THE OTHER SIDE OF THE PICTURE – PART 11

This is a morning like no other. Obviously. Let’s be honest for a minute.

During week time, mornings – at my place at least – are closer to a very controlled speed race but a speed race nonetheless.

The team: the dear teen who wakes up at an indecent time. The three-year-old little princess who wakes up at the same time – full of beans and enthusiasm of course – under the pretext that she heard noise in the house and the little prince that I have to drag out of bed because he really couldn’t care less about the noise in the house.

Myself and my vey short nights, my desire to stay in bed despite my daughter’s eagerness to live and discover things when she comes in to my room to let me know that she’s on a tight schedule to do and discover said things (Mummy? Hot Chocolate?).

Myself and my disheveled hair, dazed look and pillow marks on my cheeks (glamorous moments sponsored by me…).

Once I’m up though, it’s another story, a story of mad efficiency caused by the lack of any other option. The brain starts turning full speed and goes through important steps: make sure that the dear teen is dressed appropriately for the weather, ask her what her prospective day looks like, make sure she’s got her keys and phone, tell her you love her as she swings out the door, wake the little prince up, absorb 15 liters of coffee, make sure the kids are eating their breakfast, re-absorb another 15 liters of coffee, take a shower, absorb another 15 liters of coffee, get the kids ready for school, wrap them up, sorry « dress » them…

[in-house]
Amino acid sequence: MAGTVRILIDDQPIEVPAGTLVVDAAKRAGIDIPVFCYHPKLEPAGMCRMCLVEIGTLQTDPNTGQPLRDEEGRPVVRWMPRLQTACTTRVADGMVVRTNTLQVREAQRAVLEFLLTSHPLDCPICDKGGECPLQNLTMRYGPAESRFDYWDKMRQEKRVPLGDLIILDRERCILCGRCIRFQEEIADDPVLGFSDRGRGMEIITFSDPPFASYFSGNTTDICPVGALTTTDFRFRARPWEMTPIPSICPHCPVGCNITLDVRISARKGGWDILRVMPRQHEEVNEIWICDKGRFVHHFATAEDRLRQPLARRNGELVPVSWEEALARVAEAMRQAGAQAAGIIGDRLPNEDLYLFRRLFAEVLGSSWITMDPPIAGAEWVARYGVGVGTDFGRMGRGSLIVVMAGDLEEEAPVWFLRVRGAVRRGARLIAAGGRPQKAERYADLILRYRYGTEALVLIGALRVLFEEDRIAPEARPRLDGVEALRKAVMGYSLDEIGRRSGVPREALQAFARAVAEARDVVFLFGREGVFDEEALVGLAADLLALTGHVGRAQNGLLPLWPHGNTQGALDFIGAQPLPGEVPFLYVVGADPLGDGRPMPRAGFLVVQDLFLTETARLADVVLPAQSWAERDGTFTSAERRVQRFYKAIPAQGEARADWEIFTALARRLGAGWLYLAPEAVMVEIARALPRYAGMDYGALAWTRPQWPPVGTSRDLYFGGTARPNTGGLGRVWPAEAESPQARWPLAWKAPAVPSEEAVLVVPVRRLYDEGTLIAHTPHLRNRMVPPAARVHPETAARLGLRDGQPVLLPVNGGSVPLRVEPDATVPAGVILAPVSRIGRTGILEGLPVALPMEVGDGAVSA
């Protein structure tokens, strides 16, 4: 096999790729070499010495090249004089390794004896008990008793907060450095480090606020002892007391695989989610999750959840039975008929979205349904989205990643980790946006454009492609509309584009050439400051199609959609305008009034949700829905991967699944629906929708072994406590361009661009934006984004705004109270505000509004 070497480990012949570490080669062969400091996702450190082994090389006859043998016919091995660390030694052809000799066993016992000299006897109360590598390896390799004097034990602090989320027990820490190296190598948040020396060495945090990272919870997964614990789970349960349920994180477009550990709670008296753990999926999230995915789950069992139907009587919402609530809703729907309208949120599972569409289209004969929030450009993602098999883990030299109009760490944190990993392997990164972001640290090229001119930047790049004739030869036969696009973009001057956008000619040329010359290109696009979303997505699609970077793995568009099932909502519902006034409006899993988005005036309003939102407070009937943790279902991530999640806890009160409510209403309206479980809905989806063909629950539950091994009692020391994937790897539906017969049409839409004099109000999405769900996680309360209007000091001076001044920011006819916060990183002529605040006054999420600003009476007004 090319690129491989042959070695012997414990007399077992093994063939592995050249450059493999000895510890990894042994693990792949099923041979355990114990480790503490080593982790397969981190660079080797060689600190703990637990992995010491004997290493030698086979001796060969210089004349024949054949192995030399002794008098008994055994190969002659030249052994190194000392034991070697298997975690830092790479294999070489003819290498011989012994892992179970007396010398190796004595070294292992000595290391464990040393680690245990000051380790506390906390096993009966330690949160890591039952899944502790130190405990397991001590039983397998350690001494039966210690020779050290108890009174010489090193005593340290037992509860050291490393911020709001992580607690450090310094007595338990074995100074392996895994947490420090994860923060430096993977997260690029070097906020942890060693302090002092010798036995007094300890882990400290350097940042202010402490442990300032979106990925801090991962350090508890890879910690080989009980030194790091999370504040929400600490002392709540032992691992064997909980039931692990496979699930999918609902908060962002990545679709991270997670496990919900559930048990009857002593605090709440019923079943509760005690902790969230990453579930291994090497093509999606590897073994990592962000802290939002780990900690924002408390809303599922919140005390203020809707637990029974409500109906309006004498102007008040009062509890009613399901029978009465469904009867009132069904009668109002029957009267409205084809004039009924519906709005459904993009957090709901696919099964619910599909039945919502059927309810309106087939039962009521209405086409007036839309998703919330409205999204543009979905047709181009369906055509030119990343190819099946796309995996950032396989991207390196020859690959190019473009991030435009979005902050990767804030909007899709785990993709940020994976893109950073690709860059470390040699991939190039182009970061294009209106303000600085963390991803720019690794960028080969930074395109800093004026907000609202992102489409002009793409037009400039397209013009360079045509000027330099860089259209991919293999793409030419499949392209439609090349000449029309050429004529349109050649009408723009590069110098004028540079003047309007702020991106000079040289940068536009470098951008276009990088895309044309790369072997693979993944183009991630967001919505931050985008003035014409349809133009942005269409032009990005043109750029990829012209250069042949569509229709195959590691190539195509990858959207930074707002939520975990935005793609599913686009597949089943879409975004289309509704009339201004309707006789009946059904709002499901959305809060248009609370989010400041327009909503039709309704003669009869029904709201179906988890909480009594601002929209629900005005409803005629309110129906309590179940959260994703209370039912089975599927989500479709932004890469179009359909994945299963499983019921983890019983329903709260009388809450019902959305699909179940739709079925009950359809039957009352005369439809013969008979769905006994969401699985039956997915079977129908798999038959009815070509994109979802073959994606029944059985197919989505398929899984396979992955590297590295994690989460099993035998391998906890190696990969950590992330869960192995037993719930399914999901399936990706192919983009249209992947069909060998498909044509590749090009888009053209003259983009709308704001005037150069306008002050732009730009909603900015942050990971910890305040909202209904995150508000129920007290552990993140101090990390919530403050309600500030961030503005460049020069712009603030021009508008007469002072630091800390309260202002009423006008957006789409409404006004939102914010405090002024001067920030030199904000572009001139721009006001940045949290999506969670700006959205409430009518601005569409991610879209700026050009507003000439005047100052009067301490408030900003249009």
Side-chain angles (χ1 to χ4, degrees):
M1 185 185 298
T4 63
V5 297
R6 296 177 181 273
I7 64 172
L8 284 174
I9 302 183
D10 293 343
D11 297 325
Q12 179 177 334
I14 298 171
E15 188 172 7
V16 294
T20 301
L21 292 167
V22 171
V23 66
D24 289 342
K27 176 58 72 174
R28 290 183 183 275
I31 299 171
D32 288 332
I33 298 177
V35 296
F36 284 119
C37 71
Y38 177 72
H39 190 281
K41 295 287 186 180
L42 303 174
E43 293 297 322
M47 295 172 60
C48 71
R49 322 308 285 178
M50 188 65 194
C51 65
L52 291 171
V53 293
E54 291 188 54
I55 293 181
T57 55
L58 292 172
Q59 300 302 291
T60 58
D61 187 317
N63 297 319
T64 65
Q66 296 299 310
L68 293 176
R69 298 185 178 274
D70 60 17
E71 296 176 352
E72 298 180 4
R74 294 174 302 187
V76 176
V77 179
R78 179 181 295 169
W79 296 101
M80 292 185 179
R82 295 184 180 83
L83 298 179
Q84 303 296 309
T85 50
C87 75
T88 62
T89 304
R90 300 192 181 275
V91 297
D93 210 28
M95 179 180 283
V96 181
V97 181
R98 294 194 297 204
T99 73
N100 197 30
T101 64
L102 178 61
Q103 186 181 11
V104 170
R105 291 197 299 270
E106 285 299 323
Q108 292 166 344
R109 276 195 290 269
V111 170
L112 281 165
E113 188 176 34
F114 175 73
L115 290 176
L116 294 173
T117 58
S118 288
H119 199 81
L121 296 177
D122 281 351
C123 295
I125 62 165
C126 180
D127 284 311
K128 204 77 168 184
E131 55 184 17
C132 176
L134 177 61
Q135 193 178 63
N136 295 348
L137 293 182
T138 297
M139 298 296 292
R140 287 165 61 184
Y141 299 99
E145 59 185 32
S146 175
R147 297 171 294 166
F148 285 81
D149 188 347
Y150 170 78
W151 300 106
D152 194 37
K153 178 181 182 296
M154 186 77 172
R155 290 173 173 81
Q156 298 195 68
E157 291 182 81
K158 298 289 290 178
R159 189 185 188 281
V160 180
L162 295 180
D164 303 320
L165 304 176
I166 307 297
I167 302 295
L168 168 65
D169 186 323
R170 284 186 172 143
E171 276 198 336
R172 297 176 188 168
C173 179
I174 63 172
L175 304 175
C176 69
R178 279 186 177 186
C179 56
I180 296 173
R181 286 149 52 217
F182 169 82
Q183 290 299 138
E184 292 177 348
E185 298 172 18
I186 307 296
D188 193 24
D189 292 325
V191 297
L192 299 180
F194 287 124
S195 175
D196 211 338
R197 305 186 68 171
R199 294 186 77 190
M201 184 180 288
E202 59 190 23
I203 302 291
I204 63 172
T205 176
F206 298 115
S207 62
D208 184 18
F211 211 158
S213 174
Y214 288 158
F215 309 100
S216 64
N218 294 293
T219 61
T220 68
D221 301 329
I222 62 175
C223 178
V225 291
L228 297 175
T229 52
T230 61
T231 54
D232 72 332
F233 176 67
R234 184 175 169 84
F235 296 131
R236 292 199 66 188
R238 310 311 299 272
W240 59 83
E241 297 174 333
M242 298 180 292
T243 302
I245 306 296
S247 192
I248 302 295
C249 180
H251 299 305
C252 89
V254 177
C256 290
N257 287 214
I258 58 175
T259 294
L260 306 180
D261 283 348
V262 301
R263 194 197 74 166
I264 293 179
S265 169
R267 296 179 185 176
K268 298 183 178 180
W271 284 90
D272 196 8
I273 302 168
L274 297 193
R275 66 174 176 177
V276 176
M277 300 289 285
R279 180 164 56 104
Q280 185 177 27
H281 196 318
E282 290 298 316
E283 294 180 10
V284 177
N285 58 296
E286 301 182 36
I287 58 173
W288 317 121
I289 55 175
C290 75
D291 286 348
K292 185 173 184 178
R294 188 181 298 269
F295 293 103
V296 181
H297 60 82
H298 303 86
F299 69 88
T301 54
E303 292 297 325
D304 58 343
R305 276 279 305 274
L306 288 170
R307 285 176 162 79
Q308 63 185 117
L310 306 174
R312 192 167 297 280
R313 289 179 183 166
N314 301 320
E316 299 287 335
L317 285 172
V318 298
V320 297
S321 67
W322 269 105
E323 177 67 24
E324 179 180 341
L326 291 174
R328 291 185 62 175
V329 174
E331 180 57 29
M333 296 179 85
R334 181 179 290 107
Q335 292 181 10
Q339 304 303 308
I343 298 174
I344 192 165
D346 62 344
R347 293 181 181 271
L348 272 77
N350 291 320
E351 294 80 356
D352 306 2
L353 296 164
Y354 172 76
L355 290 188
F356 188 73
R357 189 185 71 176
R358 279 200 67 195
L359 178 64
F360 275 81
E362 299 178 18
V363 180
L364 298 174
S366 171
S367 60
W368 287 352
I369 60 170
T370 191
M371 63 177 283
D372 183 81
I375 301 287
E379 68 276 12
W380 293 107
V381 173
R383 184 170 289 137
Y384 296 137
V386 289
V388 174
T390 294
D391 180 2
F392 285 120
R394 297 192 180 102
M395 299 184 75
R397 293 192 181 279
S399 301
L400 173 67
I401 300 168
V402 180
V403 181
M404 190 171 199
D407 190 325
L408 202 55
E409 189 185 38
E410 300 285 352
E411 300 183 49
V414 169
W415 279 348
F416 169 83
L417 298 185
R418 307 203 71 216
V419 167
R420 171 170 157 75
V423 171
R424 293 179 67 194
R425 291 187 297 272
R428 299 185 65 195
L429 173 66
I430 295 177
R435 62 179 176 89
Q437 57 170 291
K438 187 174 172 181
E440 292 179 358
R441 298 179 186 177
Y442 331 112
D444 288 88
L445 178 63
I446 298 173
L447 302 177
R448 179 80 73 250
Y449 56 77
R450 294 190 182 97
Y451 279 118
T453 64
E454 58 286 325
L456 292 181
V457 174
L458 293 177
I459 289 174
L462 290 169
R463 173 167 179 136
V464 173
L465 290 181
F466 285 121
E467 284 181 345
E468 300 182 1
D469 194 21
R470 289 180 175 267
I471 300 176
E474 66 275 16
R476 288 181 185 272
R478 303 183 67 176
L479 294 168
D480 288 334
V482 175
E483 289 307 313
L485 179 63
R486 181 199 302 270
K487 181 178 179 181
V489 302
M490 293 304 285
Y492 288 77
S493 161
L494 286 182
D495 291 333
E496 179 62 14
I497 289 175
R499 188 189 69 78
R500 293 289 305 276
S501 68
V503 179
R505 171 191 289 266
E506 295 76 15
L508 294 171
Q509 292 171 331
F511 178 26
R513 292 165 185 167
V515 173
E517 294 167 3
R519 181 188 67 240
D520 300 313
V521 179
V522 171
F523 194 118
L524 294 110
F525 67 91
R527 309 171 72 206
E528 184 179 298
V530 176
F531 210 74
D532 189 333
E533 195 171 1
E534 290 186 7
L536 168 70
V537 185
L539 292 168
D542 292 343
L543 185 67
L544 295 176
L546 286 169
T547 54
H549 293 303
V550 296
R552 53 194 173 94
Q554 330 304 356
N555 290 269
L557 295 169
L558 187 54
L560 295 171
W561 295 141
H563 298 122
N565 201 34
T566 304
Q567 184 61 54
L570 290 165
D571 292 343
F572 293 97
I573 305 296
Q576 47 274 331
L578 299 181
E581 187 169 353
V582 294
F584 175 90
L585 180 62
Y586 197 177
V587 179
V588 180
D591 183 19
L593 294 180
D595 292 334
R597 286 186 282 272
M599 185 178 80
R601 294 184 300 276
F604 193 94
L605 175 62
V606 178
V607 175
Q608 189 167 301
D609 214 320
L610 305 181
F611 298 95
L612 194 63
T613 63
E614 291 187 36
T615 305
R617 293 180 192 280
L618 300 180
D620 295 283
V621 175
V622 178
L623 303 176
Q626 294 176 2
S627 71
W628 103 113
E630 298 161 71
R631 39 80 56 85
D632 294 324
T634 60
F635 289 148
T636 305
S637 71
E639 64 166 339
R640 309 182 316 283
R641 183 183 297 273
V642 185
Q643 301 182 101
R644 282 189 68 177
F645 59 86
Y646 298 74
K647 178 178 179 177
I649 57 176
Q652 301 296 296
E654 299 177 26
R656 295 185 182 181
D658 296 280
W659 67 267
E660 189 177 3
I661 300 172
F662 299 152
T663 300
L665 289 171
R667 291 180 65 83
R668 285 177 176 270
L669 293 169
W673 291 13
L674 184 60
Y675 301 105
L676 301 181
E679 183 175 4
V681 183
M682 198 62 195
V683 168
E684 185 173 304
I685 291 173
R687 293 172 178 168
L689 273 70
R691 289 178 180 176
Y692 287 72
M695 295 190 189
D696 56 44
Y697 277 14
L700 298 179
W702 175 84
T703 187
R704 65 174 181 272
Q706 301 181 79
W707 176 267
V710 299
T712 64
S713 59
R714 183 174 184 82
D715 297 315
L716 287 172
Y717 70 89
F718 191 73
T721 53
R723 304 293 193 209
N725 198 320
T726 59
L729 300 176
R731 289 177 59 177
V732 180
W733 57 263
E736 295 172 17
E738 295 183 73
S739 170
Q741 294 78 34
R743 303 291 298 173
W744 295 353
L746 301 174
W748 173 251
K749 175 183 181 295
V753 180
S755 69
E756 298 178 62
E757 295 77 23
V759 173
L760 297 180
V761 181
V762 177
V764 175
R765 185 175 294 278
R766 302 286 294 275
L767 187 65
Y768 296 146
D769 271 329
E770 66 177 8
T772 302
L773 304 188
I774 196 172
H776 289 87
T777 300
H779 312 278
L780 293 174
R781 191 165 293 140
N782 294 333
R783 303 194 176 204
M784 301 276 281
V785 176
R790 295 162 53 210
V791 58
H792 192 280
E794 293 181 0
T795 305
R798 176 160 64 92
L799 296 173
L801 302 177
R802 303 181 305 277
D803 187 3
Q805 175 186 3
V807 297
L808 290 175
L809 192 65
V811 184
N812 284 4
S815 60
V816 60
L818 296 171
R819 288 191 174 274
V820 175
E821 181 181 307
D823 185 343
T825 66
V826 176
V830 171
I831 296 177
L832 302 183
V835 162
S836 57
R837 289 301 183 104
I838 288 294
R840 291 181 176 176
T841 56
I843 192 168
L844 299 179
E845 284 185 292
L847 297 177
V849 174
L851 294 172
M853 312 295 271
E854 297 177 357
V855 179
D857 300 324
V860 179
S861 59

… And myself, leave the house clean, yes, but without even a day cream on my face because there is definitely no time for that. All of these little checks that are like little daily victories in a highly tedious routine. I often think about Florence Foresti’s parody sketch of « Bref » on the totally overwhelmed mother’s school run. And I laugh into my cup of coffee (because I managed to drink it, not like Florence Foresti. Approximately 45 liters so far).

However, once we’re on our way to school, walking hand in hand, we make quite an impression. I am amused by the looks from people in the street, who invariably smile at our joyful, animated crew. Animated because it’s the moment that the children choose to ask a thousand question at the same time, in the 7 minute time-lapse they have (and that’s when I start wondering about whether or not I’m a tad schizophrenic as I can now manage two or three conversations simultaneously), around thousands of extremely diverse subjects like Pokemon (I really think that Pokemon creators smoke something other than tobacco to invent such names – just picture it: I’ll trade you Bigpileofsnot for Noeufoeuf), dolls, dinosaurs, that scumbag Ice Queen Elsa (Disney version because the original tale is something quite different) or the likeliness of asteroids colliding with Earth (no, my love, we’re not going to die straight away).

I must admit that I enjoy those moments.

But they do not have anything to do with the quiet morning or the plush environment presented in this photoshoot. I had to escape to the hotel for that. In Paris. My own town 🙂

 

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Eres pyjamas and dressing gown

 

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